4 leadership lessons from a multinational tech executive

An executive from multinational IT company Tech Mahindra shares the leadership lessons and career advice based on his unexpected professional journey.

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One of the best ways to develop yourself as a leader is to learn directly from great leaders. 

That’s why my podcast focuses on uncovering the unique journeys leaders take en route to the top –– and the insights they gain along the way. 

Manish Vyas has a particularly compelling story to share.  

Today his official title is President, Communications, Media & Entertainment Business, and CEO, Network Services at Tech Mahindra, a multinational IT company with more than 125,000 employees worldwide.

But he didn’t always want to be a tech executive. 

Growing up in a small town in central India, Manish dreamed of becoming a professional cricket player. But his “very pragmatic parents” encouraged him to focus on academics instead. 

Yet the lessons Manish learned on the cricket field are just as relevant today. “In any sport, there will always be one particular player who outshines the others,” says Manish. “But that player will never single-handedly ensure that a team wins. A team wins when each of its members perform their duties.” 

That perspective has served Manish well. 

Over the course of his career, he has had a front-row seat for the turn-of-the-millennium digital revolution. Today, he’s center stage for the massive transformations yet to come.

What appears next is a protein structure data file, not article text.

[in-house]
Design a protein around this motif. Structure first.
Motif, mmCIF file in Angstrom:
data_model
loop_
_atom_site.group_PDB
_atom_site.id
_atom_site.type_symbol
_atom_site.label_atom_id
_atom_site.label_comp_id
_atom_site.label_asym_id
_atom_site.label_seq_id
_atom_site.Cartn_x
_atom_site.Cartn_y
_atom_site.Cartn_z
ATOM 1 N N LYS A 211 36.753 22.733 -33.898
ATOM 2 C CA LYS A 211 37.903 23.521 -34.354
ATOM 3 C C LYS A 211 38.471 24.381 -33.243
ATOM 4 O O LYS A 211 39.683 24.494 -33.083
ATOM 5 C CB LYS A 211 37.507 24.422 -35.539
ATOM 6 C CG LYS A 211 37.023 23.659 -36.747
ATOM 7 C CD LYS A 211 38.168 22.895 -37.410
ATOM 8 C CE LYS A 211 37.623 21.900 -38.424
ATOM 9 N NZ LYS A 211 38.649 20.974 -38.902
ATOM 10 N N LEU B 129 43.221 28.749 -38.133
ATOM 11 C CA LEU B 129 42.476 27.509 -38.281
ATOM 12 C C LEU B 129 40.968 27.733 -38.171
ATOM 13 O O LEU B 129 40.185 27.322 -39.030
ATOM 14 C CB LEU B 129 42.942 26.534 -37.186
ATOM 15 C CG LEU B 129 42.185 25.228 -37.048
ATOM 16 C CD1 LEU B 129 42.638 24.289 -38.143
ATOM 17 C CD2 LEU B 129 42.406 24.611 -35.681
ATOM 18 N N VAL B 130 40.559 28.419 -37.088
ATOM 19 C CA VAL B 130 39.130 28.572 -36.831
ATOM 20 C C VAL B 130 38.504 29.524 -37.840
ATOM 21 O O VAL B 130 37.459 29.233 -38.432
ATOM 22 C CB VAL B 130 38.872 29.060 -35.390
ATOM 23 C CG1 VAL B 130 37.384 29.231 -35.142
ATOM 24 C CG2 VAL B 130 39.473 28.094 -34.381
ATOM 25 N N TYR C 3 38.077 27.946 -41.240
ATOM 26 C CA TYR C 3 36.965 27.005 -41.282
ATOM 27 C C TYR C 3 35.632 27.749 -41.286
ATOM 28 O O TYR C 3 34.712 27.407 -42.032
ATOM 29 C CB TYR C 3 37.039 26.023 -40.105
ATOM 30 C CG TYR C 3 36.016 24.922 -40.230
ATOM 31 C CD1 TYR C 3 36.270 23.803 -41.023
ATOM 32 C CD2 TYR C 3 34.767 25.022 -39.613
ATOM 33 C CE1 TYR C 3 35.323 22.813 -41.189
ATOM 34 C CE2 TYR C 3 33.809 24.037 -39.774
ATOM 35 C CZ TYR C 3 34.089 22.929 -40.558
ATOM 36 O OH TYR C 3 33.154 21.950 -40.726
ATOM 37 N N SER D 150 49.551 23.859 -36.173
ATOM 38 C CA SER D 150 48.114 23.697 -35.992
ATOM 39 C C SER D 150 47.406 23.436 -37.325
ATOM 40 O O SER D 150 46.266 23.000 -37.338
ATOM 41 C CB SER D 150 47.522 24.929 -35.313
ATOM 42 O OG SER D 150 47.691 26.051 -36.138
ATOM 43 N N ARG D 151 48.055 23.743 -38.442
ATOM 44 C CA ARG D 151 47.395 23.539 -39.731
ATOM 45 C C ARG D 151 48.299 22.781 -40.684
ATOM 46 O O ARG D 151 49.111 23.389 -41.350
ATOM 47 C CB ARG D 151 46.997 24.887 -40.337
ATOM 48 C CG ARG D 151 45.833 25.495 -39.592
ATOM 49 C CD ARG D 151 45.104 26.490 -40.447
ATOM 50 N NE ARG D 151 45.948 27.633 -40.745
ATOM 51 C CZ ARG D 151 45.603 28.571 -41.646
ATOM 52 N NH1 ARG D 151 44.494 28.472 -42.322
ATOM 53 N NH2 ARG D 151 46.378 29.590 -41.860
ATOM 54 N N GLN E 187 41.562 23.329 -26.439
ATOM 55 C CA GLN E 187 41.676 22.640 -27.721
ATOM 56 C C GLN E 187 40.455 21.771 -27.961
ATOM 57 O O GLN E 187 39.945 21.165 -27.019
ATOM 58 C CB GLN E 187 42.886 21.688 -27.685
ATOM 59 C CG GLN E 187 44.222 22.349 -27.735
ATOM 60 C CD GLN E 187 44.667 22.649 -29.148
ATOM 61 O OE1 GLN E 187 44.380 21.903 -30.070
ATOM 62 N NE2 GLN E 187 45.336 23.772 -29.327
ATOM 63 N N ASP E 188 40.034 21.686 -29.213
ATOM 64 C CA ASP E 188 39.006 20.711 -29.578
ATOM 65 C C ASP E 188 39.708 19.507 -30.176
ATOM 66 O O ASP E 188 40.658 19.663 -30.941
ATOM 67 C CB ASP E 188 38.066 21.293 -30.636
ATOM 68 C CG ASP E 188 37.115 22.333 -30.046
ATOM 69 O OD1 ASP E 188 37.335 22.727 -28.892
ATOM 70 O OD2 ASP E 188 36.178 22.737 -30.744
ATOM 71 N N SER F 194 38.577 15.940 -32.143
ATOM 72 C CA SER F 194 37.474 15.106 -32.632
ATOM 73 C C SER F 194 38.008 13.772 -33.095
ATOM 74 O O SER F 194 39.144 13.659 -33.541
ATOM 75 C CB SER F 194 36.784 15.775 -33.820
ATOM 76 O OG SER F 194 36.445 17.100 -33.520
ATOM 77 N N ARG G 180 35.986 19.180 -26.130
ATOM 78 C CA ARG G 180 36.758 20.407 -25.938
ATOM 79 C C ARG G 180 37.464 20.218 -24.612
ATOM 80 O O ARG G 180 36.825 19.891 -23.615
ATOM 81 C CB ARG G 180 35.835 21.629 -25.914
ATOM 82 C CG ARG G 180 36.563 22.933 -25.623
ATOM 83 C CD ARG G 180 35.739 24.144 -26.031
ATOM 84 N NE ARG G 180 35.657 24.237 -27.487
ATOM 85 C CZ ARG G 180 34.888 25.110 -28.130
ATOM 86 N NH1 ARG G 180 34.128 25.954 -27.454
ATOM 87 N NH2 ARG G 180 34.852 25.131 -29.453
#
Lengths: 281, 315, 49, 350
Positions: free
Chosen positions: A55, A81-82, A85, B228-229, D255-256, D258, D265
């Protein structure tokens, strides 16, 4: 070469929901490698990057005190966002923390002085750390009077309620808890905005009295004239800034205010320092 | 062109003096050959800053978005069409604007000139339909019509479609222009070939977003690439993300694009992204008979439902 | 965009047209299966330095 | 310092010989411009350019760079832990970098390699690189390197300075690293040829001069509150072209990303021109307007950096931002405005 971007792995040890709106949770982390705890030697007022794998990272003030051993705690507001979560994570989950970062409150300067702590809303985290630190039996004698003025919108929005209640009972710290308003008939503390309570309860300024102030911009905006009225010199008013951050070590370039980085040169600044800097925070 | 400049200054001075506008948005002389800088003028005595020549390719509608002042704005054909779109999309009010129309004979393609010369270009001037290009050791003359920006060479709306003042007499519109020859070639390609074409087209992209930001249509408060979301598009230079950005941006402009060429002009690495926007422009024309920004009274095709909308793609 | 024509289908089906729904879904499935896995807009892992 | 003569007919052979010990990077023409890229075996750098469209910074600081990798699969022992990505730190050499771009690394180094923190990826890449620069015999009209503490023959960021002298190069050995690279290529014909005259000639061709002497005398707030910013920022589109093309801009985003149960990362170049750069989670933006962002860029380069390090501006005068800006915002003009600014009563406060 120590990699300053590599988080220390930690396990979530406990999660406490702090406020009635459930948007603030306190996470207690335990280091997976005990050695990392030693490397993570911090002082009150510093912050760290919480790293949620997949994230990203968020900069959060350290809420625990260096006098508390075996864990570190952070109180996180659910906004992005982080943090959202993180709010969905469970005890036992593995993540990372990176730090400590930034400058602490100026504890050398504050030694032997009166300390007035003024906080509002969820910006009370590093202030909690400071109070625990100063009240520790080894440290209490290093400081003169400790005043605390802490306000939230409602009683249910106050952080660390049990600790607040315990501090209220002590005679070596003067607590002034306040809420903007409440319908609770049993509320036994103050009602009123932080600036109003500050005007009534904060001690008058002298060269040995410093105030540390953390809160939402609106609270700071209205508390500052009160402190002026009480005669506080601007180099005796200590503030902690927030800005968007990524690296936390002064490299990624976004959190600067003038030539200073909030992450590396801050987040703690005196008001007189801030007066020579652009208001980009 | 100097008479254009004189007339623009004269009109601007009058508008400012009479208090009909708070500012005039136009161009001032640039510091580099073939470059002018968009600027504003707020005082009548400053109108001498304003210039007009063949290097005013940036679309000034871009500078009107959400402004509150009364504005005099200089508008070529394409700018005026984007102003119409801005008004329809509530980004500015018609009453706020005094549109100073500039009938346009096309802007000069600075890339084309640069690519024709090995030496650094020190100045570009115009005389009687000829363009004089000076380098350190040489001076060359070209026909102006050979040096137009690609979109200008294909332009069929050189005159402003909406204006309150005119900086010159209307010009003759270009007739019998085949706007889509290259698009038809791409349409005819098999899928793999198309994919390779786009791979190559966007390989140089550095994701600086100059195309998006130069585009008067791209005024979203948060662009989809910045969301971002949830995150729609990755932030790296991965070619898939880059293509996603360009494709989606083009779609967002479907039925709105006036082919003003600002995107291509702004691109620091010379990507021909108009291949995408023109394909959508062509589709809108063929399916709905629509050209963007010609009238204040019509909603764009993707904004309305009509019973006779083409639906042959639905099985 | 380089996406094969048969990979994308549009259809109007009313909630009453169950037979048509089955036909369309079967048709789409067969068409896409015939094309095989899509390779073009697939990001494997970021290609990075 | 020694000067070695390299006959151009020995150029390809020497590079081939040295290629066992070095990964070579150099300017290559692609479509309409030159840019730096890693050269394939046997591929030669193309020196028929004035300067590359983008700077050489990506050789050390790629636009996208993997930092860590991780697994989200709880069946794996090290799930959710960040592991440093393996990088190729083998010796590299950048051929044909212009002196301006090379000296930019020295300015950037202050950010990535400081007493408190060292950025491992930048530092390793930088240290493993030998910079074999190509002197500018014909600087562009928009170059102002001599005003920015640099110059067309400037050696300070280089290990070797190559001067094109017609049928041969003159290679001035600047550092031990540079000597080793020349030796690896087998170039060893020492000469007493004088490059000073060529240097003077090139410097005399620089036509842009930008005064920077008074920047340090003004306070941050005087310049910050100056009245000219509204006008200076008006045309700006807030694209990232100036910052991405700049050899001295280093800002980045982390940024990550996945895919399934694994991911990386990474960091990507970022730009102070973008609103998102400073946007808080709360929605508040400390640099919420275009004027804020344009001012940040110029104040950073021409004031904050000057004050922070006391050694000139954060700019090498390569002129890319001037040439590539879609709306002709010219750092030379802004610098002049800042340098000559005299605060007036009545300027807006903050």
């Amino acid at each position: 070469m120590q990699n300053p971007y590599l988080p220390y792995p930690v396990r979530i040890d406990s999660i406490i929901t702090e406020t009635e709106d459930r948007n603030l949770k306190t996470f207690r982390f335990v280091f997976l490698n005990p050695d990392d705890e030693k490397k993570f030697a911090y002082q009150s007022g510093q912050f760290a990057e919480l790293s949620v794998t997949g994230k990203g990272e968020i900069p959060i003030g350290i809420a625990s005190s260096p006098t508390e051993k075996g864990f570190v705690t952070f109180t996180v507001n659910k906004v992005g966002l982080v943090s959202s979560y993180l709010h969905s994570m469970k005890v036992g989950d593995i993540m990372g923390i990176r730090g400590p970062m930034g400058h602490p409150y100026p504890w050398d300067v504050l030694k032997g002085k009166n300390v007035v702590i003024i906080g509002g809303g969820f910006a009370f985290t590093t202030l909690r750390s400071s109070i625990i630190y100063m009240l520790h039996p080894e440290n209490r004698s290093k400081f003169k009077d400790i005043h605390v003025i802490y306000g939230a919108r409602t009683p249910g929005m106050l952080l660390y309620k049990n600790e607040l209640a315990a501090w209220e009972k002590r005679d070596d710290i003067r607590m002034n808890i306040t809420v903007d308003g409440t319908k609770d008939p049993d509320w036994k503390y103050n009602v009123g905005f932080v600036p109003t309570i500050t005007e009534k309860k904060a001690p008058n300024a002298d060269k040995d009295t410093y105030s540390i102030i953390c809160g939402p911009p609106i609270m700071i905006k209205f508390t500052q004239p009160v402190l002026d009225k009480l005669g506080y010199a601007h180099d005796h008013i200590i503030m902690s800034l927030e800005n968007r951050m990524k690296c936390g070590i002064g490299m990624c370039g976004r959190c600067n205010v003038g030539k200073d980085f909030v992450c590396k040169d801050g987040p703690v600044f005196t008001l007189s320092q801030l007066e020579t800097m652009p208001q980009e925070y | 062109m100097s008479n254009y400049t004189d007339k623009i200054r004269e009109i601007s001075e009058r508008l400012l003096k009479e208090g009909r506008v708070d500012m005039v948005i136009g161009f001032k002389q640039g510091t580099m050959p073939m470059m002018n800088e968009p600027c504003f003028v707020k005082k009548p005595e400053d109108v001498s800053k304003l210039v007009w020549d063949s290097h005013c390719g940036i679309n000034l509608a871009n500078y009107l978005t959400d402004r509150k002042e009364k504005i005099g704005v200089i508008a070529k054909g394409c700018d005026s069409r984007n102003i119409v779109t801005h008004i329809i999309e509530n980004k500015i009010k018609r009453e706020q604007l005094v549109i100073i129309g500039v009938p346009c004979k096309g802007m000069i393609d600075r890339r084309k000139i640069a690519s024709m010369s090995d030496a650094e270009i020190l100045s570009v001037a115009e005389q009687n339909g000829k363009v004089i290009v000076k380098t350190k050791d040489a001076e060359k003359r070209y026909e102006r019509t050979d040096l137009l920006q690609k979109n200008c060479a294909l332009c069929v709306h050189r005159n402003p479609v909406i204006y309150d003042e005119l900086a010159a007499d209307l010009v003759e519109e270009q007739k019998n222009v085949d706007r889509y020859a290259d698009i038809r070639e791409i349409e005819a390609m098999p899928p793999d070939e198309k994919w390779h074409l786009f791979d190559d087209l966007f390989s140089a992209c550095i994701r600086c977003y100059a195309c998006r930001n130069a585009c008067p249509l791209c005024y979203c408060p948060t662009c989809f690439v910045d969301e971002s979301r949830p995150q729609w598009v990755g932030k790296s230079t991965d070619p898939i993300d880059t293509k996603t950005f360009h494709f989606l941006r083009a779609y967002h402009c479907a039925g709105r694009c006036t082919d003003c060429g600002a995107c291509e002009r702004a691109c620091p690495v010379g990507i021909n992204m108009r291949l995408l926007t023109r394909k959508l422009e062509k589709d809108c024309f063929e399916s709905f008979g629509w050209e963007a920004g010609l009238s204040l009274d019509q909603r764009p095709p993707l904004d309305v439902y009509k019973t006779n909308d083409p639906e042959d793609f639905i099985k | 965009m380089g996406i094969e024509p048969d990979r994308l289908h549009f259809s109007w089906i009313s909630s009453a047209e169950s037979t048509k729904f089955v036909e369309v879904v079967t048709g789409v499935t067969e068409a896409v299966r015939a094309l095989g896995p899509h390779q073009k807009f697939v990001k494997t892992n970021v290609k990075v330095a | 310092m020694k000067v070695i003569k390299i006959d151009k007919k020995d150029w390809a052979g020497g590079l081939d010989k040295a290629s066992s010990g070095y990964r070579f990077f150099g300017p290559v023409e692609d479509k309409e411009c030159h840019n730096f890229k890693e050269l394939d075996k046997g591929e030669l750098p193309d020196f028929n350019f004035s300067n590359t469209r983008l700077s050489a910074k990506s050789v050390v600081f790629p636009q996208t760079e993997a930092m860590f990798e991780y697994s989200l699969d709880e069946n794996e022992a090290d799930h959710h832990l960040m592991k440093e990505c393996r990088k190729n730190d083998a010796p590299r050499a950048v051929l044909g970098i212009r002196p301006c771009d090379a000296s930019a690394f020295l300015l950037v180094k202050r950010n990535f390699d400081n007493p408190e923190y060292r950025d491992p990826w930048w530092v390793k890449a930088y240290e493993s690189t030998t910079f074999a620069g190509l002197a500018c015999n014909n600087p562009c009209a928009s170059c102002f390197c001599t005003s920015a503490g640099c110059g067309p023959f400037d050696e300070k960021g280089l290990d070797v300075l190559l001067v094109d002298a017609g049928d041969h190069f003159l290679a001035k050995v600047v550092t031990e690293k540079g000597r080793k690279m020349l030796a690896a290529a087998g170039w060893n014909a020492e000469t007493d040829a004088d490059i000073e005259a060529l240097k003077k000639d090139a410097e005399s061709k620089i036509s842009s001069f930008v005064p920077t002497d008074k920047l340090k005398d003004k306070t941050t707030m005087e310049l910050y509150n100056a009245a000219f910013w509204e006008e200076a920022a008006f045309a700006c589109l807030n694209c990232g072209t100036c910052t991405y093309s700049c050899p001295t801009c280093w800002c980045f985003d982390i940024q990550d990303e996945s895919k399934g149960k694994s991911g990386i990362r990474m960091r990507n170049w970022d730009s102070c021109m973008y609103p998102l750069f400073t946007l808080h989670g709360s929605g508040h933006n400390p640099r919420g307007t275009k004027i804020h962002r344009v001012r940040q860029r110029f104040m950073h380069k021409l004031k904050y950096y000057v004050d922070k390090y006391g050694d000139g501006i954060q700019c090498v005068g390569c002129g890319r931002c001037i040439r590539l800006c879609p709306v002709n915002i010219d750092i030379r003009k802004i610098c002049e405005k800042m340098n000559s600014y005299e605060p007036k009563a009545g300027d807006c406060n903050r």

Here are a few vital notes from our wide-ranging conversation, and four leadership lessons learned along the way:

1. Try, try again

Cricket wasn’t the only career Manish considered before he found his calling as a business leader. 

Driven more by pragmatism than passion, he earned a bachelor’s degree in electronic engineering. In his final year at university, he had a life-changing conversation with the head of the engineering department, who said, “‘I have some advice for you,’” Manish recounts. “‘I know you’re completing your degree, and you probably are passing with good grades. But please don’t try to become a technical person.”

Manish’s heart sank, immediately thinking of his parents, who just spent so much money on his education. But thankfully, he says, his professor told him he was good with money and people, adding, “‘maybe you are meant for something else.’”

That encounter led Manish on a journey of self-discovery. 

“When I started working in Mumbai, I knew two things. One, I wanted to be on the business side of a company. Two, I had to do my MBA, to understand the technicalities of doing business,” he says.

Manish spent the first eight years of his career working for four different companies. He quickly learned to trust his gut when it came to assessing a company’s likelihood of success. 

About every eighteen months, he realized that each company wasn’t a good fit. “After I left, every one of them either closed or was folded into something else,” says Manish. 

Then he found Tech Mahindra. “I knew it was a special company,” Manish says. 

It turns out, his instincts were right: Manish spent almost 20 years at the company’s Pune, India-headquarters. Now based in Plano, a suburb of Dallas, Manish oversees Tech Mahindra’s efforts to prepare for the onset of 5G wireless technology.

“This company allows tremendous opportunities to those who want to express themselves,” he says. “I have been lucky to get those opportunities.”

2. Prepare for paradigm shifts

The introduction of the iPhone in 2007 “changed industries and humanity forever,” Manish observes. “It spawned a whole generation of innovation, habits and patterns.”